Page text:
I love classic paper crafts for kids like today’s project: Paper Weaving. I’m certain we all did this at some point as a child and for good reason, it’s a great fine motor skills activity for younger children and a beautiful design and art project for older children. It’s is also a great introduction to the art of weaving and knitting, more projects of which are to come this year on Babble Dabble Do when we explore fabrics in December!
In true Babble Dabble Do form, we couldn’t just do paper weaving, we had to mix it up a little! We tried basic paper weaving with bold colored paper and some catalog pages recycled from a design mailer. Then we tried more random slots for a varied texture, and lastly we curved it up! The Cutting Templates we used are included in this tutorial for your use! The results are as beautiful as I imagined they’d be!
Age Appropriateness: 5+
- PAPER WEAVING Cutting Template
- Colored Paper
- Old Magazines, crepe paper, newspaper but into strips
- Exacto Knife and Ruler
- Step One Adults should prepare the base/template by cutting slots with an Exacto knife in the paper base according to one of our templates. Be sure to stop cutting 1” from the top and bottom of the paper.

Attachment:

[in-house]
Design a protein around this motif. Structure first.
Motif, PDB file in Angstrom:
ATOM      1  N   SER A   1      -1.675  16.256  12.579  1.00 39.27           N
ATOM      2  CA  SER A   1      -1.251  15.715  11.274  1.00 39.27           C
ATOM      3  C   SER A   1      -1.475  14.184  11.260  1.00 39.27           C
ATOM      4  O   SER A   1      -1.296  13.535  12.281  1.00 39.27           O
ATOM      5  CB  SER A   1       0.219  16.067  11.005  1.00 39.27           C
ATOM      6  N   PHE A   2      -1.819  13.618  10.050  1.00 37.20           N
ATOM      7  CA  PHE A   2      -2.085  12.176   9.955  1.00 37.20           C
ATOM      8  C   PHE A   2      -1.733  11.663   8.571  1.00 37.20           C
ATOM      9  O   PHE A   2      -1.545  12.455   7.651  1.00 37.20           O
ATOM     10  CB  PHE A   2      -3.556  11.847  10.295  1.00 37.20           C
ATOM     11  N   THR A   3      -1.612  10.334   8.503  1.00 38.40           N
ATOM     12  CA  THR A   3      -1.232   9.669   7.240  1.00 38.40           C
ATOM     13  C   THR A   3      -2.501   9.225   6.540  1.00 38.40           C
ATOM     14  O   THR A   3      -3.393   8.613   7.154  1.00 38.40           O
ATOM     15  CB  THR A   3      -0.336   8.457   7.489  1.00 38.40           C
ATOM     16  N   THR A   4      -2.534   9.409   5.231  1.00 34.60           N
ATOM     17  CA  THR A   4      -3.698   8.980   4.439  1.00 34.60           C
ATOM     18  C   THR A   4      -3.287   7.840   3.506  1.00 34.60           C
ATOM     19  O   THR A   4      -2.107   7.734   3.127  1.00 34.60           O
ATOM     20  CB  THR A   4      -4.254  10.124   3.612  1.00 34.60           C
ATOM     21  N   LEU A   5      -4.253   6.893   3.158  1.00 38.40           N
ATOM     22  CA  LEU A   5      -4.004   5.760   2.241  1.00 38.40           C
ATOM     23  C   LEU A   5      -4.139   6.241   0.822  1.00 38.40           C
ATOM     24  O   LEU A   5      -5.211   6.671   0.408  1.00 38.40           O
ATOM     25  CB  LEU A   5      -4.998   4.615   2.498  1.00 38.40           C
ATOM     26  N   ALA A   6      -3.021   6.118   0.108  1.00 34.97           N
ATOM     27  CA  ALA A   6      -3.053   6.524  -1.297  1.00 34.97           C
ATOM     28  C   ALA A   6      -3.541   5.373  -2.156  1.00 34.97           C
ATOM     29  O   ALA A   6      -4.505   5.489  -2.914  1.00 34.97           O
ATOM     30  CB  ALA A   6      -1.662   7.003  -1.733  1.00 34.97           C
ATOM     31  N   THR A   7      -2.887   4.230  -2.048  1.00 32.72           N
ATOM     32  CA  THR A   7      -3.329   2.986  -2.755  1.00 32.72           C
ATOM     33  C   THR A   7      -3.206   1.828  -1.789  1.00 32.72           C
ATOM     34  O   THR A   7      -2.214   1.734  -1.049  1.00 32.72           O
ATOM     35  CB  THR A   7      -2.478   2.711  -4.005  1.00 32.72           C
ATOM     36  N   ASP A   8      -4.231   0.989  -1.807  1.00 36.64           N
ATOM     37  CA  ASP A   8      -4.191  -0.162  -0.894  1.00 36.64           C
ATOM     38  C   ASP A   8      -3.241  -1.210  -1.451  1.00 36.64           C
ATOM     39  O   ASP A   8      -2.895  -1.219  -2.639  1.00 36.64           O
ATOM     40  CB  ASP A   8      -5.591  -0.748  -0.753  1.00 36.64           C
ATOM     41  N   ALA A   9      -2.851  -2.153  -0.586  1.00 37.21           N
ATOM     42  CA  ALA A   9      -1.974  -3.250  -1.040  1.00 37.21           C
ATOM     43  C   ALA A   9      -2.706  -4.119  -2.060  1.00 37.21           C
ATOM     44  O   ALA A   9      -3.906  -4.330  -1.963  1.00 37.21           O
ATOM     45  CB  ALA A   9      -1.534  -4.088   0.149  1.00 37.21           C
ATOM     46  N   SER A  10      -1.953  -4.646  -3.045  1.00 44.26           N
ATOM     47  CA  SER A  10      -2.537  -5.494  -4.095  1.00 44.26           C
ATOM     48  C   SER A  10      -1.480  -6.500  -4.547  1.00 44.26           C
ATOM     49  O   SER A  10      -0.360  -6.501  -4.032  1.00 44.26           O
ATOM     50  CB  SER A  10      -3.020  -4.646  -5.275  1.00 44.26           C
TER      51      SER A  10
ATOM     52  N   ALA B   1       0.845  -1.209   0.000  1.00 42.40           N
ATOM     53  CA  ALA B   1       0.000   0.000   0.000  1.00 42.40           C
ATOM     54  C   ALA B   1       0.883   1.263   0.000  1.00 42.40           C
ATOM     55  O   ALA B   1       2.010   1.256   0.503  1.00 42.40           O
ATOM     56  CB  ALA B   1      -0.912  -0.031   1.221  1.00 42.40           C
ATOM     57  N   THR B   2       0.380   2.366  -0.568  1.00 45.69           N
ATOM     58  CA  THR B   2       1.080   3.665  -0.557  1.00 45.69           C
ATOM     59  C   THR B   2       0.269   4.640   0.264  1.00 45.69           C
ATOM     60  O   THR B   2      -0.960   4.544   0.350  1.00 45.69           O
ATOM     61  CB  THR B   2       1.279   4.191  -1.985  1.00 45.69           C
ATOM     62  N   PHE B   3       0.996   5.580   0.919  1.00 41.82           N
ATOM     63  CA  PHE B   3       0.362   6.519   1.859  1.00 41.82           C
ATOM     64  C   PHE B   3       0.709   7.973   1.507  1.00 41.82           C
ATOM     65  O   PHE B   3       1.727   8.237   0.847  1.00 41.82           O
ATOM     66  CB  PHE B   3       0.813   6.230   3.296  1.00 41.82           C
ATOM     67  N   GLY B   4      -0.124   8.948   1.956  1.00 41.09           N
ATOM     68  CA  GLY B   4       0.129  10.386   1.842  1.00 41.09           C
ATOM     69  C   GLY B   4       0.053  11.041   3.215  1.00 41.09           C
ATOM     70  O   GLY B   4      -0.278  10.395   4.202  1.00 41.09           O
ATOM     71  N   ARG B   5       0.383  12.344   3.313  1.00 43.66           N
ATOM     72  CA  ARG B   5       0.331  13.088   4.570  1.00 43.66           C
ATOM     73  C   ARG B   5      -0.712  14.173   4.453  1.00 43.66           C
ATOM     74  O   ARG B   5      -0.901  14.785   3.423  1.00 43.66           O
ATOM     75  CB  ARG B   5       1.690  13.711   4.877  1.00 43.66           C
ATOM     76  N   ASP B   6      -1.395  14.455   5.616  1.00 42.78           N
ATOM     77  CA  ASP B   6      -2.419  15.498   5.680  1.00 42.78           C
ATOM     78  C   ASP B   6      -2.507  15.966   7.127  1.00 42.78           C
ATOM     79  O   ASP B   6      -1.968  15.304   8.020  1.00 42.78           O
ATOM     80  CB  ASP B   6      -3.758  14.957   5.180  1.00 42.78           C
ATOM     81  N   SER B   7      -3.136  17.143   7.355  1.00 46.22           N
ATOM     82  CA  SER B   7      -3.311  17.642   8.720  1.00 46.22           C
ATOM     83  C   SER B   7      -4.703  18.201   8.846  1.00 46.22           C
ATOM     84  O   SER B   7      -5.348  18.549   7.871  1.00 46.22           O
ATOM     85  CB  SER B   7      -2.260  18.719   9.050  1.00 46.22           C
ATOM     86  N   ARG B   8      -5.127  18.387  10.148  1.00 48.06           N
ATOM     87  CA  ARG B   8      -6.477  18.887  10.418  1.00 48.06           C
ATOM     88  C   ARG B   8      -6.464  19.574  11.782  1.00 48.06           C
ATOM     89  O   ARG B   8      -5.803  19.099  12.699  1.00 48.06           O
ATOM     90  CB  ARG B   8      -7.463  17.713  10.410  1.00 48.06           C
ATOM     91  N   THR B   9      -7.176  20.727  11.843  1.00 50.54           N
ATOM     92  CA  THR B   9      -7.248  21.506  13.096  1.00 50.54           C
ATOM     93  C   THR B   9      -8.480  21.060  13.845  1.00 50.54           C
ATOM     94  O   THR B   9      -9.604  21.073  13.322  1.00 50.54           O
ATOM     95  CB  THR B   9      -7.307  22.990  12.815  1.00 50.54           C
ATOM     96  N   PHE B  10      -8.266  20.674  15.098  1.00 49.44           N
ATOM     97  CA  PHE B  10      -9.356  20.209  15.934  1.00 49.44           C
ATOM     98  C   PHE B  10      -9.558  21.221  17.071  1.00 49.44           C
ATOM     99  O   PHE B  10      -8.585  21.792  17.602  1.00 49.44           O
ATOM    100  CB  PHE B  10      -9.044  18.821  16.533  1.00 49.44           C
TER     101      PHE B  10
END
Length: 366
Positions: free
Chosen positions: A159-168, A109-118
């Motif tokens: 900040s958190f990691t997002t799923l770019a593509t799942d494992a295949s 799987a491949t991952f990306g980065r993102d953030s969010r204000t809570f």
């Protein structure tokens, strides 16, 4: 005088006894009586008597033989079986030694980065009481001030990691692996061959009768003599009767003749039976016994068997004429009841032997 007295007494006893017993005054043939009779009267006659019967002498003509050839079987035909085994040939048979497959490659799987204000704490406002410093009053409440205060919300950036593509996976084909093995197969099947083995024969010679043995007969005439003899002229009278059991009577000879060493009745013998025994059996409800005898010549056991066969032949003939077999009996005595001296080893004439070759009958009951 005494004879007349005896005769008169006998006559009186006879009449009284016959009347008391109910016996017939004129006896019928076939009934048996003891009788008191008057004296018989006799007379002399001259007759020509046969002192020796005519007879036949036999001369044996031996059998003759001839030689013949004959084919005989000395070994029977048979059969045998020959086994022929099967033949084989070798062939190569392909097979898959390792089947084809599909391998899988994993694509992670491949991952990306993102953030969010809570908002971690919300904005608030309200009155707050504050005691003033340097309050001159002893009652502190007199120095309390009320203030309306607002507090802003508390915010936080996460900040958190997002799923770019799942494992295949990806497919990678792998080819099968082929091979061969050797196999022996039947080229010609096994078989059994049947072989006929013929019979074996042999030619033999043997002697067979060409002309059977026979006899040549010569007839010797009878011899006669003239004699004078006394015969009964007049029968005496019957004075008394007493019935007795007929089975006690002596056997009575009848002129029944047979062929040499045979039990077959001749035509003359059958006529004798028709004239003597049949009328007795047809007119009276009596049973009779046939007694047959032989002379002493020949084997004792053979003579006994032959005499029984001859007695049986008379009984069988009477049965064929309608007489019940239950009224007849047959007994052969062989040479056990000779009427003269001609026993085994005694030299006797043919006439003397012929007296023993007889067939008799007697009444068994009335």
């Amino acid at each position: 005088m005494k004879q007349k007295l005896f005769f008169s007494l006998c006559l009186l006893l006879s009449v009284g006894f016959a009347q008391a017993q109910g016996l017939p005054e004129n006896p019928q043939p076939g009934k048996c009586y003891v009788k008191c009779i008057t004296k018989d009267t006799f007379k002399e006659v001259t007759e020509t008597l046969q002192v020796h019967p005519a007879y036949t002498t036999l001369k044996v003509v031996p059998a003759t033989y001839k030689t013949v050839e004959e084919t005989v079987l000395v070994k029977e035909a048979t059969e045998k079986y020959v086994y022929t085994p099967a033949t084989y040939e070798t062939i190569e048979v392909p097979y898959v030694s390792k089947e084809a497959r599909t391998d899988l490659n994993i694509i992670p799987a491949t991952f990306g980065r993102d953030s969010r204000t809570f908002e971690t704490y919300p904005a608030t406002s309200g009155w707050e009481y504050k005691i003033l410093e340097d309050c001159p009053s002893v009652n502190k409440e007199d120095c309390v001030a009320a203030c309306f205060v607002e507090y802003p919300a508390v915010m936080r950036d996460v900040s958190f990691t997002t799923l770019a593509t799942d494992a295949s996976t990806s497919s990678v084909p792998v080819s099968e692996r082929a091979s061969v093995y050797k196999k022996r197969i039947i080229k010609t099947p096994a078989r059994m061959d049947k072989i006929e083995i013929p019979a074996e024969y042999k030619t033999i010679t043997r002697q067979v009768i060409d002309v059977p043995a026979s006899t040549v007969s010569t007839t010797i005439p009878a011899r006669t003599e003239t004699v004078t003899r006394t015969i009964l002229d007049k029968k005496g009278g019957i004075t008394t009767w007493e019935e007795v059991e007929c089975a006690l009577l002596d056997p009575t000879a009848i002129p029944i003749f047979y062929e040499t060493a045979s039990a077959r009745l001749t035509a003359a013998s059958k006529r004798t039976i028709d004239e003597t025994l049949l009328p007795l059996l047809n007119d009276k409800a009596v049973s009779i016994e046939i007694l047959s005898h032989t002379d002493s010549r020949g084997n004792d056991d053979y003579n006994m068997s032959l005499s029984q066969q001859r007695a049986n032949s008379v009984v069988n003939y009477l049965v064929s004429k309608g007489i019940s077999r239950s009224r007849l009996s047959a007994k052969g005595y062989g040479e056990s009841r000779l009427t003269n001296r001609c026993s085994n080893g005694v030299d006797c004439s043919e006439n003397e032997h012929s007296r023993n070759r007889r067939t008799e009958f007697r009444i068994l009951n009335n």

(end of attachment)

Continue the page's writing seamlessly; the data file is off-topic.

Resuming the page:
- Step Two Cut paper strips that are at a minimum the width of the paper base. I recommend longer strips and trimming them later.
- Step Three Time for the kids! Give your child the base and put out a collection of paper scraps. If this is their first time weaving you will need to walk them through the steps of pulling the paper over and under the slots. Make sure to pull the paper over and under alternate slots with each new layer to create a woven texture.
- Step Four Continue until the slots are filled.
- Step Five If desired trim edges of paper strips to match the paper base.
Hang ‘em or turn ‘em into something else. Any ideas out there? Here’s our shortlist so far:
- Lamp shade
- Paper Wallet
I’d love to hear a few more suggestions. Post them on Babble Dabble Do’s FB page or leave a comment below!
Josef Albers Josef Albers’ work was all about pattern, colors, and geometry. He was originally a painter but worked in the fields of design, education, and graphics, a true 20th century renaissance man! Homage to the Square is perhaps his most famous series of paintings; do a Google image search of his work and you will be inspired by the color and compositions!
I remember loving paper weaving as a kid and I couldn’t let paper month pass by without revisiting this classic art project for kids. The bold graphic look is what appeals to me most and the combination of exploring composition and developing fine motor skills make this project a perfect one for kids of all ages and adults like me!
We’ve got many more paper crafts in store for you this month so be sure to subscribe! Your child’s inner Josef Albers thanks you!